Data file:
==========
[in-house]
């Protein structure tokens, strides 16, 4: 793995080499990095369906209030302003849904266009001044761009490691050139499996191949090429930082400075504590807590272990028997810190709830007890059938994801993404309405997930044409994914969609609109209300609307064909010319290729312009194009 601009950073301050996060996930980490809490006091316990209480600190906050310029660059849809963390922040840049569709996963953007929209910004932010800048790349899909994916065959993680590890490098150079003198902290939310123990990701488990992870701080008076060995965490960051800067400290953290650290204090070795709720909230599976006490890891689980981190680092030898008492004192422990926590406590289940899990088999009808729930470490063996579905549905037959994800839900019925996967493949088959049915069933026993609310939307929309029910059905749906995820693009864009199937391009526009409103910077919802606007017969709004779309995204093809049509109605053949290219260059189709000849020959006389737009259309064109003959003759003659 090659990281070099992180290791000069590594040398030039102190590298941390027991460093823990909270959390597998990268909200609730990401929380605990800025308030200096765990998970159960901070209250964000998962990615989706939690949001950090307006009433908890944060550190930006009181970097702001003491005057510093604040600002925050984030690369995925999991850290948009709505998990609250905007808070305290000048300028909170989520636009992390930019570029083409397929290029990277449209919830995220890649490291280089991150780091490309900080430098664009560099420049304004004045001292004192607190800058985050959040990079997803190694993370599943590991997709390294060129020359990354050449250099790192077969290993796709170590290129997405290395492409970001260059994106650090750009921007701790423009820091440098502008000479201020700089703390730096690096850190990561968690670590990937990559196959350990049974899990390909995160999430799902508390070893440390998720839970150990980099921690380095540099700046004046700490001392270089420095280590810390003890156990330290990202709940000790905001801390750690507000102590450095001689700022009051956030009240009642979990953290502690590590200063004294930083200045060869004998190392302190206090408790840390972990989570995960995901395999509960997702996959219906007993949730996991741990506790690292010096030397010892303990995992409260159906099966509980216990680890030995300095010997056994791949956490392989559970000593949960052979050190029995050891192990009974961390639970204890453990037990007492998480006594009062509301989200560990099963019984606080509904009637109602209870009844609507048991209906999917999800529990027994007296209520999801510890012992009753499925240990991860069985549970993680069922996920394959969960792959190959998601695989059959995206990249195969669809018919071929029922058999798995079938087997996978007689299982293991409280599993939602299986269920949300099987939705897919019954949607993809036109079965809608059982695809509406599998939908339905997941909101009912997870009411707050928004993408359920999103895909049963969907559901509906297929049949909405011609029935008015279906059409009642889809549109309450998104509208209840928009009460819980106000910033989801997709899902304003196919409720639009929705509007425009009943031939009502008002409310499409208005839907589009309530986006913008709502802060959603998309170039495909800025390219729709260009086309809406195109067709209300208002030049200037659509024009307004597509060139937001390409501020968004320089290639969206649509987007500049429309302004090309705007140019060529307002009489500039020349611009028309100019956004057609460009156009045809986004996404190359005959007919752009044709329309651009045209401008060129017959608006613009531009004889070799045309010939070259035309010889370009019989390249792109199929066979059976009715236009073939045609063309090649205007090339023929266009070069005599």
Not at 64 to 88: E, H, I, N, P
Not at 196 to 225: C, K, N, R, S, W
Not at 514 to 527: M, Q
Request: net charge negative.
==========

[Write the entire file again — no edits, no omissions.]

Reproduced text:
[in-house]
């Protein structure tokens, strides 16, 4: 793995080499990095369906209030302003849904266009001044761009490691050139499996191949090429930082400075504590807590272990028997810190709830007890059938994801993404309405997930044409994914969609609109209300609307064909010319290729312009194009 601009950073301050996060996930980490809490006091316990209480600190906050310029660059849809963390922040840049569709996963953007929209910004932010800048790349899909994916065959993680590890490098150079003198902290939310123990990701488990992870701080008076060995965490960051800067400290953290650290204090070795709720909230599976006490890891689980981190680092030898008492004192422990926590406590289940899990088999009808729930470490063996579905549905037959994800839900019925996967493949088959049915069933026993609310939307929309029910059905749906995820693009864009199937391009526009409103910077919802606007017969709004779309995204093809049509109605053949290219260059189709000849020959006389737009259309064109003959003759003659 090659990281070099992180290791000069590594040398030039102190590298941390027991460093823990909270959390597998990268909200609730990401929380605990800025308030200096765990998970159960901070209250964000998962990615989706939690949001950090307006009433908890944060550190930006009181970097702001003491005057510093604040600002925050984030690369995925999991850290948009709505998990609250905007808070305290000048300028909170989520636009992390930019570029083409397929290029990277449209919830995220890649490291280089991150780091490309900080430098664009560099420049304004004045001292004192607190800058985050959040990079997803190694993370599943590991997709390294060129020359990354050449250099790192077969290993796709170590290129997405290395492409970001260059994106650090750009921007701790423009820091440098502008000479201020700089703390730096690096850190990561968690670590990937990559196959350990049974899990390909995160999430799902508390070893440390998720839970150990980099921690380095540099700046004046700490001392270089420095280590810390003890156990330290990202709940000790905001801390750690507000102590450095001689700022009051956030009240009642979990953290502690590590200063004294930083200045060869004998190392302190206090408790840390972990989570995960995901395999509960997702996959219906007993949730996991741990506790690292010096030397010892303990995992409260159906099966509980216990680890030995300095010997056994791949956490392989559970000593949960052979050190029995050891192990009974961390639970204890453990037990007492998480006594009062509301989200560990099963019984606080509904009637109602209870009844609507048991209906999917999800529990027994007296209520999801510890012992009753499925240990991860069985549970993680069922996920394959969960792959190959998601695989059959995206990249195969669809018919071929029922058999798995079938087997996978007689299982293991409280599993939602299986269920949300099987939705897919019954949607993809036109079965809608059982695809509406599998939908339905997941909101009912997870009411707050928004993408359920999103895909049963969907559901509906297929049949909405011609029935008015279906059409009642889809549109309450998104509208209840928009009460819980106000910033989801997709899902304003196919409720639009929705509007425009009943031939009502008002409310499409208005839907589009309530986006913008709502802060959603998309170039495909800025390219729709260009086309809406195109067709209300208002030049200037659509024009307004597509060139937001390409501020968004320089290639969206649509987007500049429309302004090309705007140019060529307002009489500039020349611009028309100019956004057609460009156009045809986004996404190359005959007919752009044709329309651009045209401008060129017959608006613009531009004889070799045309010939070259035309010889370009019989390249792109199929066979059976009715236009073939045609063309090649205007090339023929266009070069005599």
Not at 64 to 88: E, H, I, N, P
Not at 196 to 225: C, K, N, R, S, W
Not at 514 to 527: M, Q
Request: net charge negative.